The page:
The shoes were described as “the most versatile designer flats in the world. Made of the finest Italian leathers and designed to fold and fit in one's purse. Wearable all day, every day.” The flats come in an array of colors including snake prints, metallic, and vegan options. The soles are cushioned. The shoes come with a small pouch to keep the folded flats in your purse, clips to hold a folded up trouser hem, and a small bag to hold your heels. The sole has a thick padding to cushion one’s step. The leather uppers are extremely soft. The shoes are true to size and conform to one’s foot.
I was hooked. I had to have a pair. But, the shoes start at a pricey $165 and increase to $295 for the gorgeously desirable snakeskin prints. So I “liked” Tieks on Face Book, received my coupon immediately via email, and ordered a pair in platinum metallic. They arrived within a few days. The package was gorgeous. The shoes were packed in a turquoise box reminiscent of Tiffany’s complete with a bow and a handwritten note from the company. I wanted to savor the experience of opening the box. I felt like Cinderella when I slipped those ballet slippers on my feet. They fit like a glove. I wore them for two days in a row constantly. The padding on the sole is excellent. The heel did not rub. The shoes looked fabulous on my feet, slimming and elongating – unlike other ballet flats I’ve tried. The leather is as soft as butter. The fit was exquisite. I want more.
Today, Tieks launched a new color for its Face Book fans – Azure Snake. I want them. I lust for them. My heart races at the sight and thought of them. But, alas, at $295, they are out of my reach – at least until we win the Power Ball on Wednesday! But I am now a convert to the ballet flat. Check them out, like them on Face Book and give them a try.
Sunday, November 25, 2012
Gone With The Wind – Still a Spectacle After 73 years on Screen
AMC screened Gone With The Wind yesterday from 6:30am to 11:30am. I missed the first half while giving my in-laws a send off and watching CNN; however, I couldn’t resist the pull of the movie and plopped myself down on the couch to watch the machinations of Scarlett O’Hara for the final two hours.
My mother first took me to see GWTW when I was 11 years old. The movie had been rereleased and was shown at The State Theater in Logansport, Indiana. I was mesmerized and so entranced with the strength of the woman who stood in the field at the conclusion of the first half, holding that yam and vowing she would never go hungry again. This was long before I ever imagined that I would someday find myself reenacting the Civil War period.
Shortly thereafter my mom gave me her 1936 edition of Margaret Mitchell’s classic to read. Despite the length at approximately 1036 pages, I read the book over the course of a single weekend and realized the story was so much more than what had been depicted on the silver screen. I became fascinated by the American Civil War and how if affected the civilians. Margaret Mitchell knew Civil War veterans and recalled stories told by her relatives and friends. This book of fiction compelled me to study history.
It is true that for those looking for absolute authenticity in the movie or book for that matter would be greatly disappointed. Mitchell tended to romanticize the South and the lost southern cause. Keeping in mind, however, that Mitchell was a southerner raised in the tradition of the South, this should not be a surprise – nor should it compromise the great story that emanated from her pen.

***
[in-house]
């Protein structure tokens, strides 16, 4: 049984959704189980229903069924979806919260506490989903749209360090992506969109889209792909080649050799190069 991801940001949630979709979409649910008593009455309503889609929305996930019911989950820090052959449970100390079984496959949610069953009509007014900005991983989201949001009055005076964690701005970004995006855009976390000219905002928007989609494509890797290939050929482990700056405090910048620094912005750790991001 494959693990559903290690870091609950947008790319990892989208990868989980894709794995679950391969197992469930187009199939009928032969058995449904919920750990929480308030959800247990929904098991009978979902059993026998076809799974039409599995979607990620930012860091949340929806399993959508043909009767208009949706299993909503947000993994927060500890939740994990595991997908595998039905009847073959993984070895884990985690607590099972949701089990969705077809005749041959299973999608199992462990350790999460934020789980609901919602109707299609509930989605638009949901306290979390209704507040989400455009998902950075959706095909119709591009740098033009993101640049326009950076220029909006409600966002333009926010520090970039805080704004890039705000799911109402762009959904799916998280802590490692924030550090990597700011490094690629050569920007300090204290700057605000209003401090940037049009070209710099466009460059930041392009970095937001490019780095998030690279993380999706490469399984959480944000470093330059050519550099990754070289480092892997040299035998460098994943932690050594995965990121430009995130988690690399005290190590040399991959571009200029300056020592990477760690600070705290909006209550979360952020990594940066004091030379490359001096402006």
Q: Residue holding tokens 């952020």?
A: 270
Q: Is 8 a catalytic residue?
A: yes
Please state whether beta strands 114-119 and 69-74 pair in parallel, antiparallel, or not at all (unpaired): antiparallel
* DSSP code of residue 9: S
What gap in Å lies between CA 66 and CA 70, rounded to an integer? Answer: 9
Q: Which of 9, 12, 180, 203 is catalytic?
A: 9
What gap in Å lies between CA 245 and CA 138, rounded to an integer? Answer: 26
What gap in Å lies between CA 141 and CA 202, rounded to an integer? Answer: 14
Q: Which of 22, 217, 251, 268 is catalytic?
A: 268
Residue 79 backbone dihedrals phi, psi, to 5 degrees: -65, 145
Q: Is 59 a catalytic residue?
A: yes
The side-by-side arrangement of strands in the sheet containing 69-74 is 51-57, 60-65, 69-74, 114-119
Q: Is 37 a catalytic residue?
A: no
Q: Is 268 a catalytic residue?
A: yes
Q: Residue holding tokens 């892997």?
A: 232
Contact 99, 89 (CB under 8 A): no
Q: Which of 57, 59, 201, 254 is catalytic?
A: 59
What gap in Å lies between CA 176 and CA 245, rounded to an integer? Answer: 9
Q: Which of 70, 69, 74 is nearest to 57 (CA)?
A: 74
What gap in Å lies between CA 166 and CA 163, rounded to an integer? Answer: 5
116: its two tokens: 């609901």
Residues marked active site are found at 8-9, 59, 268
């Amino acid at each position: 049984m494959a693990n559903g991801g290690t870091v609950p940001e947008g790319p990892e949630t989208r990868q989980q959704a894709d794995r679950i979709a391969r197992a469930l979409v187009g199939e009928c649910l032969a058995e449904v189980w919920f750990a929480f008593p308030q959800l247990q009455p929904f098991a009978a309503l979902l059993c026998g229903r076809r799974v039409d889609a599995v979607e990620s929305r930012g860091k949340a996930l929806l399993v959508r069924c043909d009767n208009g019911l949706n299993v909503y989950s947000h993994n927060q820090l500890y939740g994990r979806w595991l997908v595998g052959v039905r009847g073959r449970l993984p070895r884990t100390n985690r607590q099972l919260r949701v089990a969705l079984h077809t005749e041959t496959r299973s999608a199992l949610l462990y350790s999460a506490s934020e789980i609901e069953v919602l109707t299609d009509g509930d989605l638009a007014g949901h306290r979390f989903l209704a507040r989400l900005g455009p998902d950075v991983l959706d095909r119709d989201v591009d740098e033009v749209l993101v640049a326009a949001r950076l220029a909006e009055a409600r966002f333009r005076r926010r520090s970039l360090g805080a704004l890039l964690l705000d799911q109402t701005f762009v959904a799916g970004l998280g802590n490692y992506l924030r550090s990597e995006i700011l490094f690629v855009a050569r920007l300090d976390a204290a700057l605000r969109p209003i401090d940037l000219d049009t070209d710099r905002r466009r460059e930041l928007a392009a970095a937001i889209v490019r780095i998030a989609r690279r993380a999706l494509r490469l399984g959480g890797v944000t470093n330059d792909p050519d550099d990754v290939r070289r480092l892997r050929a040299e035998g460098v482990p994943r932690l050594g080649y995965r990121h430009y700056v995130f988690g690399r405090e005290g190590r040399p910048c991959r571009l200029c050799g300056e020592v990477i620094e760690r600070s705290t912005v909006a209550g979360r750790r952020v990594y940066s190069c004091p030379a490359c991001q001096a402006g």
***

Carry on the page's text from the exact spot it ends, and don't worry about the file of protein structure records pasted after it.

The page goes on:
For me GWTW is a great story of a woman’s triumph over tragedy, of resilience, of making hard, pragmatic decisions in the interest of survival, and of using her assets to her best advantage to achieve an end. I wanted to cultivate a bit of Scarlett O’Hara within myself, to be able to succeed in what was a man’s world when I entered the workplace while still retaining my femininity.
And, despite the improbability of a well-bred southern girl making a dress from her mother’s faded and dusty curtains, and my incomprehension that Scarlett would actually be infatuated with Ashley Wilkes as portrayed by Leslie Howard, I still love the book and the movie. In today’s world, Scarlett would probably be on a realty show.
Saturday, November 24, 2012
San Miguel by T.C. Boyle
I really wanted to love this book. Generally I enjoy the works by TC Boyle and enjoy becoming immersed in a sweeping story of historical fiction.
San Miguel, an island in the western most part of the Santa Barbara Channel, is the title character in the book. Boyle writes with lyricism about the island and its forbidding wind, weather, and rocky terrain and how pioneers of sorts tried to tame the land and make lives for themselves with varying success. The book is actually based on the lives of two families, the Waters and the Lesters, who inhabited the island at different times between 1888 and the beginning of World War II.
The first story begins with the dawning of 1888 when Marantha Waters, her adopted daughter, 2nd husband who is a veteran of the Civil War, and servant girl relocate to San Miguel to operate a sheep ranch on the island, which purportedly will provide the fresh air necessary to cure Marantha’s consumption. While the writing is filled with details about the decision to move, the attempts to make the place habitable, and the trials and tribulations of life on an isolated island with a single, rustic house and that receives supplies irregularly by ship, I did not feel empathy, sympathy or ultimately any interest in the characters. To me Marantha seemed perpetually resentful, angry, bitter and self-pitying as she constantly coughed up blood. While her negative attitude was no doubt, one of the facets the author wanted to convey, I struggled to read to the mid point of the story. Despite the raw beauty of the place, and Boyle’s inimitable writing style, I did not like the people who inhabited the book. As such, I can only award 3 Hershey’s Special Dark Chocolates out of 5.